The 1958 Green Bay Packers season was their 40th season overall and their 38th season in the National Football League. The club posted a 1–10–1 record under first-year head coach Ray McLean for a last-place finish in the league in 1958 and the worst record ever posted by a Packers team.
In the immortal words of New York sportswriter and Green Bay native Red Smith: "they overwhelmed one opponent, under-whelmed ten, and whelmed one."  The tie came in week two and the three-point win in week five; during the seven-game losing streak to end the season the Packers lost by an average margin of over 22 points and got no closer than ten. The Packers finished 1958 allowing a league-worst 382 points in the 12-game season (31.8 points per game).
McLean was the top assistant on the coaching staff in 1957 and was given a one-year contract as head coach after Lisle Blackbourn was fired in early January 1958 with a year remaining ($25,000) on a five-year contract. Following the final game of the 1958 season, McLean resigned on December 17, which paved the way for the historic hiring of Vince Lombardi in January 1959.
The underachieving 1958 team was loaded with talent, with future hall of famers Bart Starr, Paul Hornung, Jim Taylor, Ray Nitschke, Jim Ringo, Forrest Gregg, and Jerry Kramer, as well as future All-Pros Ron Kramer, Max McGee, Bill Forester, and Dan Currie.
|1958 Green Bay Packers season|
|Head coach||Ray McLean|
|General manager||Verne Lewellen|
|Home field||City Stadium |
Milwaukee County Stadium
|Division place||6th NFL Western|
|Playoff finish||did not qualify|
The first four rounds of the 1958 Draft were conducted in early December 1957, when Blackbourn was head coach. The remaining 26 rounds were selected in late January. This draft by the Packers is regarded as among the best in NFL history.
|1||3||Dan Currie||Linebacker||Michigan State|
|3||27||Dick Christy||Back||North Carolina State|
|5||51||Joe Francis||Quarterback||Oregon State|
|6||62||Ken Gray||Tackle||Howard Payne|
|9||99||Norm Jarock||Back||St. Norbert|
|11||123||Harry Horton||End||Wichita State|
|14||158||Harry Hauffe||Tackle||South Dakota|
|16||182||Arley Finley||Tackle||Georgia Tech|
|17||195||Joe Reese||End||Arkansas Tech|
|20||230||John DuBose||Back||Trinity (TX)|
|22||264||Franklin Merlino||Back||Florida State|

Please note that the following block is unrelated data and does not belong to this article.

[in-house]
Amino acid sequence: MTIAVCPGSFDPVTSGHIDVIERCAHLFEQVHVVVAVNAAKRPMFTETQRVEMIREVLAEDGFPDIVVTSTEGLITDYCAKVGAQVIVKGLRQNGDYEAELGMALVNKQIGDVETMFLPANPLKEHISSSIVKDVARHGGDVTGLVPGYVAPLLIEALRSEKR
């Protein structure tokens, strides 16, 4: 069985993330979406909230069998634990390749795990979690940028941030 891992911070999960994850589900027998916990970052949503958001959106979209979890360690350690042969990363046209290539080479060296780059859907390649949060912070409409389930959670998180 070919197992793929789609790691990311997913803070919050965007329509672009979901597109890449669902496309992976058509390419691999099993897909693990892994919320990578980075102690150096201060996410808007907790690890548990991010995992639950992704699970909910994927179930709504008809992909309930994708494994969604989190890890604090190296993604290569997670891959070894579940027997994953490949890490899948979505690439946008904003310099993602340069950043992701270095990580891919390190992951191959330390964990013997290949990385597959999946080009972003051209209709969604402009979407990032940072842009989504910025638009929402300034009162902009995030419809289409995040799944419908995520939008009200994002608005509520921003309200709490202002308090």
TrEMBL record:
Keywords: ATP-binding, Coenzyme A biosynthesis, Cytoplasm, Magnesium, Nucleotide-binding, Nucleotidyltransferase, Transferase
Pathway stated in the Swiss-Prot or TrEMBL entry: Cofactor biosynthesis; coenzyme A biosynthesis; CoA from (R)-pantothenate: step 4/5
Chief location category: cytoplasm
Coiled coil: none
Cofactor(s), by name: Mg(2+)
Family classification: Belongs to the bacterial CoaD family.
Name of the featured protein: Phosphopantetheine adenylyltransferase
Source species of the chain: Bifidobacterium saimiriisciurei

|23||267||Jack Ashton||Guard||South Carolina|
|25||291||Larry Plenty||Back||Boston College|
|28||326||Dave Crowell||Guard||Washington State|
|29||339||Bob Haynes||Tackle||Sam Houston State|
|1||September 28||Chicago Bears||L 34–20||0–1–0||City Stadium|
|2||October 5||Detroit Lions||T 13–13||0–1–1||City Stadium|
|3||October 12||Baltimore Colts||L 24–17||0–2–1||Milwaukee County Stadium|
|4||October 19||at Washington Redskins||L 37–21||0–3–1||Griffith Stadium|
|5||October 26||Philadelphia Eagles||W 38–35||1–3–1||City Stadium|
|6||November 2||at Baltimore Colts||L 56–0||1–4–1||Memorial Stadium|
|7||November 9||at Chicago Bears||L 24–10||1–5–1||Wrigley Field|
|8||November 16||Los Angeles Rams||L 20–7||1–6–1||City Stadium|
|9||November 23||San Francisco 49ers||L 33–12||1–7–1||Milwaukee County Stadium|
|10||November 27||at Detroit Lions||L 24–14||1–8–1||Briggs Stadium|
|11||December 7||at San Francisco 49ers||L 48–21||1–9–1||Kezar Stadium|
|12||December 14||at Los Angeles Rams||L 34–20||1–10–1||Los Angeles Memorial Coliseum|
|NFL Western Conference|
|Los Angeles Rams||8||4||0||.667||7–3||344||278||W3|
|San Francisco 49ers||6||6||0||.500||4–6||257||324||W2|
|Green Bay Packers||1||10||1||.091||0–9–1||193||382||L7|
Note: Tie games were not officially counted in the standings until 1972.
|Green Bay Packers roster|
Rookies and first-year players in italics
J.D. Kimmel (September 30, 1929 – November 24, 2008) was an American football defensive tackle in the National Football League for the Washington Redskins and the Green Bay Packers. He started his football career playing at Texarkana High School. He attended the University of Houston and the United States Military Academy. At Houston, Kimmel became the team's first All-American in 1952, and was later inducted into the Houston Cougars Hall of Honor in 1973.
After completing his undergraduate education at the University of Houston in 1952, Kimmel spent two years in the United States Army. He then spent four years in the National Football League – three years with the Washington Redskins and one year with the Green Bay Packers. He married Patricia Kirk in November 1957, had two daughters and five grandchildren.
After retiring from professional football, Kimmel came back to Houston, received a master's degree in petroleum engineering from Rice University and became a prominent and well-respected businessman. He founded and operated several successful engineering and manufacturing companies based in the Houston area. He received the University of Houston's Distinguished Engineering Award in 1999.
|Division championships (18)|
|Conference championships (9)|
|League championships (13†)|
|Current league affiliations|
Championship seasons in bold